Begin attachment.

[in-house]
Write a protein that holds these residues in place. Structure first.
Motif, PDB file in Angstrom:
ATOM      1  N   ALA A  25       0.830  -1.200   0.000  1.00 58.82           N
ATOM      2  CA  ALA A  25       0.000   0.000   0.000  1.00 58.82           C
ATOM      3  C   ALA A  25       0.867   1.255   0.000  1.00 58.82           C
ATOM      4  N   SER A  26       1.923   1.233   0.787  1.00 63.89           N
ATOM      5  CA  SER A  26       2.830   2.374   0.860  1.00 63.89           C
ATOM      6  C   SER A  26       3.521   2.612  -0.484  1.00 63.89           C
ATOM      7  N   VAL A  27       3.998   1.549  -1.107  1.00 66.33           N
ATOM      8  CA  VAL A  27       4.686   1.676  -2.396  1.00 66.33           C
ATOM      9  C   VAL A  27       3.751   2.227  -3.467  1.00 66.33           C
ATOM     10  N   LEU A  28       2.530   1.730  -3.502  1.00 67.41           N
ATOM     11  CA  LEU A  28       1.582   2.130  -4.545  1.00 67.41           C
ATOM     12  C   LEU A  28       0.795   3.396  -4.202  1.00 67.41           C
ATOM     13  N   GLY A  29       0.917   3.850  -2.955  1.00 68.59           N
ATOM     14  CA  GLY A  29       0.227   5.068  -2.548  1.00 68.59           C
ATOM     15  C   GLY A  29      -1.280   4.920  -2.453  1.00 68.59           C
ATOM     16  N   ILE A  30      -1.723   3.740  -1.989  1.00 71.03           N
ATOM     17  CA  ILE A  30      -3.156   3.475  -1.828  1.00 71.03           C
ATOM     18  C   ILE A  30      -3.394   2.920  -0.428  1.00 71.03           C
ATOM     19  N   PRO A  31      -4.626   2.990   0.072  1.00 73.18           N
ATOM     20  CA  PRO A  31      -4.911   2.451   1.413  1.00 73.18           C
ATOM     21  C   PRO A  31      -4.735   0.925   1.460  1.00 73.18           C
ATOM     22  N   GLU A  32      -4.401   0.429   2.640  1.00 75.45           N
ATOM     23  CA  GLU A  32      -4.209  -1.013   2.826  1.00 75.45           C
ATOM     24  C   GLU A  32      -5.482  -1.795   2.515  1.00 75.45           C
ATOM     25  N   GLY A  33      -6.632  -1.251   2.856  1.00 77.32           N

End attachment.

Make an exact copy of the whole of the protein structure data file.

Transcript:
[in-house]
Write a protein that holds these residues in place. Structure first.
Motif, PDB file in Angstrom:
ATOM      1  N   ALA A  25       0.830  -1.200   0.000  1.00 58.82           N
ATOM      2  CA  ALA A  25       0.000   0.000   0.000  1.00 58.82           C
ATOM      3  C   ALA A  25       0.867   1.255   0.000  1.00 58.82           C
ATOM      4  N   SER A  26       1.923   1.233   0.787  1.00 63.89           N
ATOM      5  CA  SER A  26       2.830   2.374   0.860  1.00 63.89           C
ATOM      6  C   SER A  26       3.521   2.612  -0.484  1.00 63.89           C
ATOM      7  N   VAL A  27       3.998   1.549  -1.107  1.00 66.33           N
ATOM      8  CA  VAL A  27       4.686   1.676  -2.396  1.00 66.33           C
ATOM      9  C   VAL A  27       3.751   2.227  -3.467  1.00 66.33           C
ATOM     10  N   LEU A  28       2.530   1.730  -3.502  1.00 67.41           N
ATOM     11  CA  LEU A  28       1.582   2.130  -4.545  1.00 67.41           C
ATOM     12  C   LEU A  28       0.795   3.396  -4.202  1.00 67.41           C
ATOM     13  N   GLY A  29       0.917   3.850  -2.955  1.00 68.59           N
ATOM     14  CA  GLY A  29       0.227   5.068  -2.548  1.00 68.59           C
ATOM     15  C   GLY A  29      -1.280   4.920  -2.453  1.00 68.59           C
ATOM     16  N   ILE A  30      -1.723   3.740  -1.989  1.00 71.03           N
ATOM     17  CA  ILE A  30      -3.156   3.475  -1.828  1.00 71.03           C
ATOM     18  C   ILE A  30      -3.394   2.920  -0.428  1.00 71.03           C
ATOM     19  N   PRO A  31      -4.626   2.990   0.072  1.00 73.18           N
ATOM     20  CA  PRO A  31      -4.911   2.451   1.413  1.00 73.18           C
ATOM     21  C   PRO A  31      -4.735   0.925   1.460  1.00 73.18           C
ATOM     22  N   GLU A  32      -4.401   0.429   2.640  1.00 75.45           N
ATOM     23  CA  GLU A  32      -4.209  -1.013   2.826  1.00 75.45           C
ATOM     24  C   GLU A  32      -5.482  -1.795   2.515  1.00 75.45           C
ATOM     25  N   GLY A  33      -6.632  -1.251   2.856  1.00 77.32           N